Whether independent or allied, the well-intentioned mentor is the most dangerous. This is the Lady Russell in Jane Austen’s Persuasion, who clearly wants the best for Anne Eliot but certainly does not understand who is best for Anne.
The comic mentor of Donkey in Shrek clearly understands the darkness of the world, as he urges Shrek to think of the world as “parfait, not onion” and “nice boulder”.
Yoda is an easy selection. An unexpected one is Katsumoto in The Last Samurai.
Sacred and mysterious or fallen and scarred, a core member of a community or an isolated hermit, struggling on his own path or already enlightened, the mentor’s connection with the hero/ine must develop slowly. For trust is at the heart of that connection.
Trust is the basis of the connection in the flawed book Eragon with the character of Brom and successfully with Obiwan Kenobi in Star Wars.
Crazy Woman under the Ledge
I have a special place in my heart for 13th Warrior, a seriously flawed adaptation of Michael
Crichton’s Eaters of the Dead. To explain my reasons would take days, so let’s focus on a single point.
One of the clever details in the story is that crazy woman under the ledge. Our heroes consult her near the end. “We need your wisdom,” the queen says to her. In the Archetypal structure, this crazy woman does not serve as the story’s mentor (that’s the character Herger). Her entrance to the story falls right before the Ordeal.
(Stories can have more than one mentor. Never limit the story. Just keep it bounded.)
The more this riddling mentor says–“In the ground, find them in the ground”–the less the heroes understand—just as my explanation of the film is going LOL.
And then, when the heroes begin to find the monsters they must confront, her words become clear as the fog of rational, established thinking is swept away. Like Frigga, Odin’s wife, the crazy woman understands the mysterious yet she cannot speak it plainly, if at all.
Here, when the heroes approach the lair of the monsters, Crichton turns clever again, for the character Ibn—who has needed so much instruction—becomes mentor to the group, for he is the first to understand the crazy woman’s wisdom.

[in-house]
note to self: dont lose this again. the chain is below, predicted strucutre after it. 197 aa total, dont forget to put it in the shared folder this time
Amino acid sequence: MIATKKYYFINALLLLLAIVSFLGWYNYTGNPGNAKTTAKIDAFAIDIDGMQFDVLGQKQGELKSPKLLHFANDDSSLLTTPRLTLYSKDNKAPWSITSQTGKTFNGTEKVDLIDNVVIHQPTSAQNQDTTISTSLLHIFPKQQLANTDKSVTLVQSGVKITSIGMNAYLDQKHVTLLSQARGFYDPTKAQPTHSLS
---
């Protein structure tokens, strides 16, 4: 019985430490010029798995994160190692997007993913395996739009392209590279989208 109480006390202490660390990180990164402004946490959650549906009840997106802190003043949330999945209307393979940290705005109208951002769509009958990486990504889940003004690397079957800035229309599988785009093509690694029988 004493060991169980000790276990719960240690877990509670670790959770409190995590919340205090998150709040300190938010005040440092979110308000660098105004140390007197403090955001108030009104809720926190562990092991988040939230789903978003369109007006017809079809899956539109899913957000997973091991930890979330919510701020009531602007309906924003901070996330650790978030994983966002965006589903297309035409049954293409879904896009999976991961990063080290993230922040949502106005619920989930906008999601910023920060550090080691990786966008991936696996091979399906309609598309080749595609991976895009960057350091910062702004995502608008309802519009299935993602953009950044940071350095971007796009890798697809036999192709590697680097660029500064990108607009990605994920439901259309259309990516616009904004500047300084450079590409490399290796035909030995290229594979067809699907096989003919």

The earliest hero in Greek myth is Perseus, a stripling who never thought things through before he jumped in (typical teenager).
When he volunteers to bring back the head of the Gorgon Medusa, he doesn’t even know where to look.
First, he visits the Dodona (early Paleo diet: they eat ground acorns for their flour). They send him to the Graiae, the monstrous Gray Women, a trap if I ever saw one. He doesn’t fall into that trap. The Gray Women have swan necks, are winged, and share one eye among them (past, present or future OR here, there, everywhere).
These three send him to the Nymphs of the North (the Hyperboreans)—early Norse? Still dominated by a matriarchal society? Early Valkyries? They could easily have killed Perseus. Instead, impressed by his adventurous spirit, they give him the very things he needs to fly to the Gorgons’ islands in order to take Medusa’s head: winged sandals, a cap of darkness, and a wallet that will hold anything. Oh, and where the Gorgons are. (Why does Hollywood consistently ruin a perfectly good story?)
3 Mentors: Dodona for guidance, Graiae for a dangerous obstacle that he had to escape before they trapped (and ate) him, and the Hyperboreans, a dangerous obstacle that becomes a gift-giver. And each one a part in the wider nexus of mentors.
Mentors improve plots—and can destroy them. Carefully consider the role that the mentors will perform. They are not mere walk-ons. Their role is to~
- Test the readiness of the hero/ine.
- Teach necessary knowledge.
- Guide toward the perspective needed for the quest.
- Give gifts—tangible and intangible.
Choose your mentors wisely.
With well-crafted mentors, the hero/ine can step through the looking glass.
Alice laughed. “There’s no use trying,” she said; “one can’t believe impossible things.”
“I daresay you haven’t had much practice,” said the Queen. “When I was younger, I always did it for half an hour a day. Why, sometimes, I’ve believed as many as six impossible things before breakfast.” ~~ Alice in Wonderland